By far, the boldest vision of the lithium future is the Volvo 3CC concept car. Unveiled in 2004, the all-electric vehicle relies exclusively on 3,000 lithium ion cells, each one approximately the size of a common "AA" battery, to provide the equivalent of 105 horsepower with absolutely zero emissions. "We were forced by the current marketplace to use the small format batteries. If we could have done it with less than 3,000 cells, it would have made my life a lot easier," said Ichiro Sugioka, science officer at Volvo’s Monitoring and Concept Center in Camarillo, Calif.
Sugioka was unable to use larger lithium ion batteries more suitable for cars because they don’t commonly exist in the market today. Battery companies trying to create larger lithium batteries, which use cobalt in their formula, quickly encounter a problem known as thermal runaway—which means the batteries can easily catch fire or explode. Not a good idea for cars. However, two enterprising companies, Valence Technologies and A123 Systems have had better results by replacing cobalt with other metals, such as phosphate. Here’s how Valence describes its approach: "Whereas traditional Lithium ion technology utilizes cobalt-oxide cathode material, Saphion® technology incorporates a phosphate based cathode material."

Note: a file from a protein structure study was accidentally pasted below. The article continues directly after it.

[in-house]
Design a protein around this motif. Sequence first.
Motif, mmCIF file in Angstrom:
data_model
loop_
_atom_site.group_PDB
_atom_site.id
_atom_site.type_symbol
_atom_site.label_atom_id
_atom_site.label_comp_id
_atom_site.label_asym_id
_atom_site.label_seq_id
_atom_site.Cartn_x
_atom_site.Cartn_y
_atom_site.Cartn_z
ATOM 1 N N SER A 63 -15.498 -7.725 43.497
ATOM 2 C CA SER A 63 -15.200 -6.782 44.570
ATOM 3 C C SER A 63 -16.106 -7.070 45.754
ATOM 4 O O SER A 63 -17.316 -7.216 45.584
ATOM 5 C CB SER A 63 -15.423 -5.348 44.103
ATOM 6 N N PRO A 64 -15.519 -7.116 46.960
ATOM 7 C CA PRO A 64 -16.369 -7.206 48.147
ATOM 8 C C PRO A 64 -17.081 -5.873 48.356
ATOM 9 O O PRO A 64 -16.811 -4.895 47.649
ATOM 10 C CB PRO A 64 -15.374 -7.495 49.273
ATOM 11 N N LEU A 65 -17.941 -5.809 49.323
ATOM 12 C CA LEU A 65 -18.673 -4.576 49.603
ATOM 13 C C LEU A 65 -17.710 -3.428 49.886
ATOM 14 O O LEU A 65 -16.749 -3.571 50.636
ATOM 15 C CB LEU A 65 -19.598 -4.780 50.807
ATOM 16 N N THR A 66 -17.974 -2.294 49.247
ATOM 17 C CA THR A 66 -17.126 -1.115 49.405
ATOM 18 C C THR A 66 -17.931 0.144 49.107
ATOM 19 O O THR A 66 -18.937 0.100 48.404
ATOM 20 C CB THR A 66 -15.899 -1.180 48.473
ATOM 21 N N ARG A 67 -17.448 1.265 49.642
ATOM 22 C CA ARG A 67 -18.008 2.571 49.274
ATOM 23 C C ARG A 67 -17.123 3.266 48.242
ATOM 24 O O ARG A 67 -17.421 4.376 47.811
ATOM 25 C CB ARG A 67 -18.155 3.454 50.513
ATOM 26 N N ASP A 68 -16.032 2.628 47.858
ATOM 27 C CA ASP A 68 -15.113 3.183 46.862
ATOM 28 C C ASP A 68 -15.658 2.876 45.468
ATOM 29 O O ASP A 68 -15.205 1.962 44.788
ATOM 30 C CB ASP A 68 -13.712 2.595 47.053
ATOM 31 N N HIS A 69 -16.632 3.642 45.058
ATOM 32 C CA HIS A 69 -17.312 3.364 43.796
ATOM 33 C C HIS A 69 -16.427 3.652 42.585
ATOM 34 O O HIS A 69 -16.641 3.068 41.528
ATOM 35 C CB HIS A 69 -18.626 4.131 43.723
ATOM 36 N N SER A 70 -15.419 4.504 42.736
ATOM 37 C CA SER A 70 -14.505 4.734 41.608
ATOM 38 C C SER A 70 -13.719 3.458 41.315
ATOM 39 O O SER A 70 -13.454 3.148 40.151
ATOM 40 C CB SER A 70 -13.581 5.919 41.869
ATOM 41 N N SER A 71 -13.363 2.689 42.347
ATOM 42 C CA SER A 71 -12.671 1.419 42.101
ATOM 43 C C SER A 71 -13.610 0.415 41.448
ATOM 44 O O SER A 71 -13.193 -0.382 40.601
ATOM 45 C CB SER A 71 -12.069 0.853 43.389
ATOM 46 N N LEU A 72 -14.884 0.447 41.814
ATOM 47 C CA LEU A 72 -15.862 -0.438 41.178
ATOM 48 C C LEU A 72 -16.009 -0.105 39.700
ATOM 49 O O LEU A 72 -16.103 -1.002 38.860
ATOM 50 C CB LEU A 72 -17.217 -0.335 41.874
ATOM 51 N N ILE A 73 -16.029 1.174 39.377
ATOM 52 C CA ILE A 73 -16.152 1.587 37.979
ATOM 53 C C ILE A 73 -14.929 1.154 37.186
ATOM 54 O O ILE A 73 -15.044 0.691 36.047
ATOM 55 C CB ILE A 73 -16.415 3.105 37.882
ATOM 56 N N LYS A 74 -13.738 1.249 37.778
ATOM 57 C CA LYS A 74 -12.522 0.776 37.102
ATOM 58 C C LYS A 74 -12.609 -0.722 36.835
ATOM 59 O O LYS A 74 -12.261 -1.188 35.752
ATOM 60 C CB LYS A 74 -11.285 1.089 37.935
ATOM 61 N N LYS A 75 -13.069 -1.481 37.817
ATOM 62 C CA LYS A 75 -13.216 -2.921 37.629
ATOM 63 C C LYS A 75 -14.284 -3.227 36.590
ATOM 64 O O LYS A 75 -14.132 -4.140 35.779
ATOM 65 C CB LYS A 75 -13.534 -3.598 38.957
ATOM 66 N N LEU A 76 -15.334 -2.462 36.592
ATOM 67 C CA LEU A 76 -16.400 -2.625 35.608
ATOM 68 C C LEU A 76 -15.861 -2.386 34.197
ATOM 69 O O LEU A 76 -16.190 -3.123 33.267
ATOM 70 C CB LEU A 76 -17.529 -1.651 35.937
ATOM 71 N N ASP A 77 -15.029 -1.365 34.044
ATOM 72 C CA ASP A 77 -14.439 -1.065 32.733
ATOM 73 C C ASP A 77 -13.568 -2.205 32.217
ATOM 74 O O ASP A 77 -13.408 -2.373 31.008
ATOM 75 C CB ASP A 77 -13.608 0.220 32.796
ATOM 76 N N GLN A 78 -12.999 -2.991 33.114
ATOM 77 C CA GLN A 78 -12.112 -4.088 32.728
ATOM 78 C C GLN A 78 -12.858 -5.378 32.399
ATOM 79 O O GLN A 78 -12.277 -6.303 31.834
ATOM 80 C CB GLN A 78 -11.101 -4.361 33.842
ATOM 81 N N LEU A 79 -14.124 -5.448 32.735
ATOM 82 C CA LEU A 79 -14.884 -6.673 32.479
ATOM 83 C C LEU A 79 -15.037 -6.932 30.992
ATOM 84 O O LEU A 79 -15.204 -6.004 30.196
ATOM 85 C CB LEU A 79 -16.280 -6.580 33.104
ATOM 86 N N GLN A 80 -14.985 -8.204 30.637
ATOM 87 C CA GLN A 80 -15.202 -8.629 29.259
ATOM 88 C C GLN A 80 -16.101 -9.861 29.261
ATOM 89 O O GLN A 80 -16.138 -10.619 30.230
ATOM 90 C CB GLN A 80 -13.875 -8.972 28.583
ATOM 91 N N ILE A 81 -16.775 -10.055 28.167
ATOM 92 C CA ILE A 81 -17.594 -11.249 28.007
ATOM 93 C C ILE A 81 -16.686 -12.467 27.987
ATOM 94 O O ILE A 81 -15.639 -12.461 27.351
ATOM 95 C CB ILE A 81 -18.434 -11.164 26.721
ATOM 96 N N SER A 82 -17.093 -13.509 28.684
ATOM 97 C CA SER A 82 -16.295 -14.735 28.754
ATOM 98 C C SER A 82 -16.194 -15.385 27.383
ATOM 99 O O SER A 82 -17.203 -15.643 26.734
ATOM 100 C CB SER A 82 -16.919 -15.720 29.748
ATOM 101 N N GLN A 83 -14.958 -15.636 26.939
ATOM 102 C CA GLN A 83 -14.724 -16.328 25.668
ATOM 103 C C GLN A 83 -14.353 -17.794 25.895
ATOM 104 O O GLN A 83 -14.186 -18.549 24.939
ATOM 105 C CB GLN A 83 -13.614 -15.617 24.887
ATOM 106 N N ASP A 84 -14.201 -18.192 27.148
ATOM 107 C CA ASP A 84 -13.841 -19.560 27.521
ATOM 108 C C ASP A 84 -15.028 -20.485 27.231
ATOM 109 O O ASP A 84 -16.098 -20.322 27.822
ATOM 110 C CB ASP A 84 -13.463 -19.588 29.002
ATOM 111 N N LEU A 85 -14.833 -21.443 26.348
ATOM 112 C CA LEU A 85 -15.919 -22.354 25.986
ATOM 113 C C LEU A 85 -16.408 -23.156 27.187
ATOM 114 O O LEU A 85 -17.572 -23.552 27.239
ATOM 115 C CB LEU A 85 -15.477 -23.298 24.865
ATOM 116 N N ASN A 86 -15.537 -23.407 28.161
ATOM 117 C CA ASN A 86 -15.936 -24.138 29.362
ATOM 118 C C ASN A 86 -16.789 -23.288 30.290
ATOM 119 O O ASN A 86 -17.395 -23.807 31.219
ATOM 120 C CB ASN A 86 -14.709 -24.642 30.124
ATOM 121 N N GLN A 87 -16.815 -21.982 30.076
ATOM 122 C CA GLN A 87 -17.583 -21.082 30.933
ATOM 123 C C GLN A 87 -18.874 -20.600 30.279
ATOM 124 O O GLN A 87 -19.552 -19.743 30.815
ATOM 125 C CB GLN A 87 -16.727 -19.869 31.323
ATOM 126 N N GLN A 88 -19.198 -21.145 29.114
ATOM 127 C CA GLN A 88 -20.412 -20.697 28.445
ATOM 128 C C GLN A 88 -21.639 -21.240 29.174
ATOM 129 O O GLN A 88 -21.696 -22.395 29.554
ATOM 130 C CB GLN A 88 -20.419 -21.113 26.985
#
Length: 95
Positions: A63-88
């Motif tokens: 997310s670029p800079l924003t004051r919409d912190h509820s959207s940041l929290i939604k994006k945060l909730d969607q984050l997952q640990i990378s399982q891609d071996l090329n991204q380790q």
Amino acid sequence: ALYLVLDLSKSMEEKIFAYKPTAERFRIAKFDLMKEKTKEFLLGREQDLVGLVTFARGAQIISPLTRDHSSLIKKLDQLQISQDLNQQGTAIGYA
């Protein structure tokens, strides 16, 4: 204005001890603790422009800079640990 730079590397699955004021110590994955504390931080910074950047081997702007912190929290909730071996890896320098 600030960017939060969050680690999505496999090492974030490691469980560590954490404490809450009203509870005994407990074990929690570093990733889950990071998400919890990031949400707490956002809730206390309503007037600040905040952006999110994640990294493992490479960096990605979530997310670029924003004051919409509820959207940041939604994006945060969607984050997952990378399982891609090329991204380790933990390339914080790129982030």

The result is inherently less powerful; however, these two companies’ proprietary technology is working like magic to produce energy storage and charging power similar to cobalt, while avoiding the safety and longevity issue. Yet, the technology still has a way to go—perhaps three to five years—before car-sized lithium batteries are powerful enough, cheap enough, and most importantly, reliable enough to go into mass production vehicles. Pinpointing a date when the first carmaker takes the risk on the new batteries is tough. "The crystal ball on this is real cloudy, but we’ll get there. Lithium ion has too many advantages," said John German, manager of Environmental and Energy Analyses for American Honda.
Dozens of smaller companies are racing toward a lithium payday. Some say that their lithium batteries will solve all our transportation problems, and make hydrogen fuel cells immediately irrelevant. The major car companies are not taking the wild claims very seriously, but some battery companies have attracted wider attention. In Nov., A123 Systems, a private company in Watertown Mass., unveiled a lithium battery that earned them $32 million in funding from big name investors, such as Sequoia Capital, Motorola, and the Massachusetts Institute of Technology. The company is working with Department of Energy on the development of lithium ion batteries for hybrid vehicles. Lithium iron phosphate batteries from Valence Technology, a publicly traded company based in Austin, Tex., are being used in Segway electric scooters and a much publicized converted plug-in Prius.